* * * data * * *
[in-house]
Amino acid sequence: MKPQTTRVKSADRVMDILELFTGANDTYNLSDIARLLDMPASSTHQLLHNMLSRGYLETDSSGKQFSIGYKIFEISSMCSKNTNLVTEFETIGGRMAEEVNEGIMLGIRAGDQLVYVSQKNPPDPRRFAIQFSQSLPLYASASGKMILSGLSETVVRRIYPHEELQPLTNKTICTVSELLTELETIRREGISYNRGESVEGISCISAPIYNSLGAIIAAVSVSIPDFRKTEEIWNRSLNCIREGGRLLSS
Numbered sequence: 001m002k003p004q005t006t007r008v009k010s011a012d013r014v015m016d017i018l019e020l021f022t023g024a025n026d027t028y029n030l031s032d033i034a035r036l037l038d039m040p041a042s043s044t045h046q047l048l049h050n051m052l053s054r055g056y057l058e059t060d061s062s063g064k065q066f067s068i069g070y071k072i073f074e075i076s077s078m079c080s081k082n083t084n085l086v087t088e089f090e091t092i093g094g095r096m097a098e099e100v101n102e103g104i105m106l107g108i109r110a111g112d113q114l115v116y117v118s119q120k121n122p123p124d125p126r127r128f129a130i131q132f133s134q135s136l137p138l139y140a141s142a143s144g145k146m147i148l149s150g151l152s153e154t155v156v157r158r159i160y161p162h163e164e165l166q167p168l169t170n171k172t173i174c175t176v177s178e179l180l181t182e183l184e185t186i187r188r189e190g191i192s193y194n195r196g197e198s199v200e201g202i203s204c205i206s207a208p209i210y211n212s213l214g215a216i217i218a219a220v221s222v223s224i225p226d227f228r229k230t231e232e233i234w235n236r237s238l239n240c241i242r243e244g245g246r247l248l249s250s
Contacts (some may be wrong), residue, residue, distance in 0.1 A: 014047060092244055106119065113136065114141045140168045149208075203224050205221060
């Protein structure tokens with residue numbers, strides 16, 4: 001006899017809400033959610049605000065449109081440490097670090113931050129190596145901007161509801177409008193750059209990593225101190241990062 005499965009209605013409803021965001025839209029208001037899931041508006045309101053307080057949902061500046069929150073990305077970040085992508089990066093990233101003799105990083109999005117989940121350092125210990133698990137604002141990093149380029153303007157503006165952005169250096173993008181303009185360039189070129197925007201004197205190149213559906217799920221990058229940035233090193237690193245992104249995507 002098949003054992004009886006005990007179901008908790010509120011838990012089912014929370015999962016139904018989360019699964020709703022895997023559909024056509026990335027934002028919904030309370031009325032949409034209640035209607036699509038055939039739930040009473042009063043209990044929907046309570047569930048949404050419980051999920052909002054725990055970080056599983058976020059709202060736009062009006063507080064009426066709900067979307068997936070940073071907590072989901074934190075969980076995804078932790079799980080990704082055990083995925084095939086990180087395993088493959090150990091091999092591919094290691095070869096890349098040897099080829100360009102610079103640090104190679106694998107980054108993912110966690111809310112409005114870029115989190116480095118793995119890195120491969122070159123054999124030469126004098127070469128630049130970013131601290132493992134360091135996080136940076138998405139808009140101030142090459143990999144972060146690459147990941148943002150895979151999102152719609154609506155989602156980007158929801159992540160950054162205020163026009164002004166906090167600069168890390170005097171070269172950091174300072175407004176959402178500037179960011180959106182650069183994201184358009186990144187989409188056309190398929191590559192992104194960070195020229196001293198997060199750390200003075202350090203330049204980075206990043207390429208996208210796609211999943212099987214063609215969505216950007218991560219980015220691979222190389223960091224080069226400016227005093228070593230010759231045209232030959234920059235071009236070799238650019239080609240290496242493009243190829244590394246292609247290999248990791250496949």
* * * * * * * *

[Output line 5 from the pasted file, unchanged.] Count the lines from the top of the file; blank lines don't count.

């Protein structure tokens with residue numbers, strides 16, 4: 001006899017809400033959610049605000065449109081440490097670090113931050129190596145901007161509801177409008193750059209990593225101190241990062 005499965009209605013409803021965001025839209029208001037899931041508006045309101053307080057949902061500046069929150073990305077970040085992508089990066093990233101003799105990083109999005117989940121350092125210990133698990137604002141990093149380029153303007157503006165952005169250096173993008181303009185360039189070129197925007201004197205190149213559906217799920221990058229940035233090193237690193245992104249995507 002098949003054992004009886006005990007179901008908790010509120011838990012089912014929370015999962016139904018989360019699964020709703022895997023559909024056509026990335027934002028919904030309370031009325032949409034209640035209607036699509038055939039739930040009473042009063043209990044929907046309570047569930048949404050419980051999920052909002054725990055970080056599983058976020059709202060736009062009006063507080064009426066709900067979307068997936070940073071907590072989901074934190075969980076995804078932790079799980080990704082055990083995925084095939086990180087395993088493959090150990091091999092591919094290691095070869096890349098040897099080829100360009102610079103640090104190679106694998107980054108993912110966690111809310112409005114870029115989190116480095118793995119890195120491969122070159123054999124030469126004098127070469128630049130970013131601290132493992134360091135996080136940076138998405139808009140101030142090459143990999144972060146690459147990941148943002150895979151999102152719609154609506155989602156980007158929801159992540160950054162205020163026009164002004166906090167600069168890390170005097171070269172950091174300072175407004176959402178500037179960011180959106182650069183994201184358009186990144187989409188056309190398929191590559192992104194960070195020229196001293198997060199750390200003075202350090203330049204980075206990043207390429208996208210796609211999943212099987214063609215969505216950007218991560219980015220691979222190389223960091224080069226400016227005093228070593230010759231045209232030959234920059235071009236070799238650019239080609240290496242493009243190829244590394246292609247290999248990791250496949």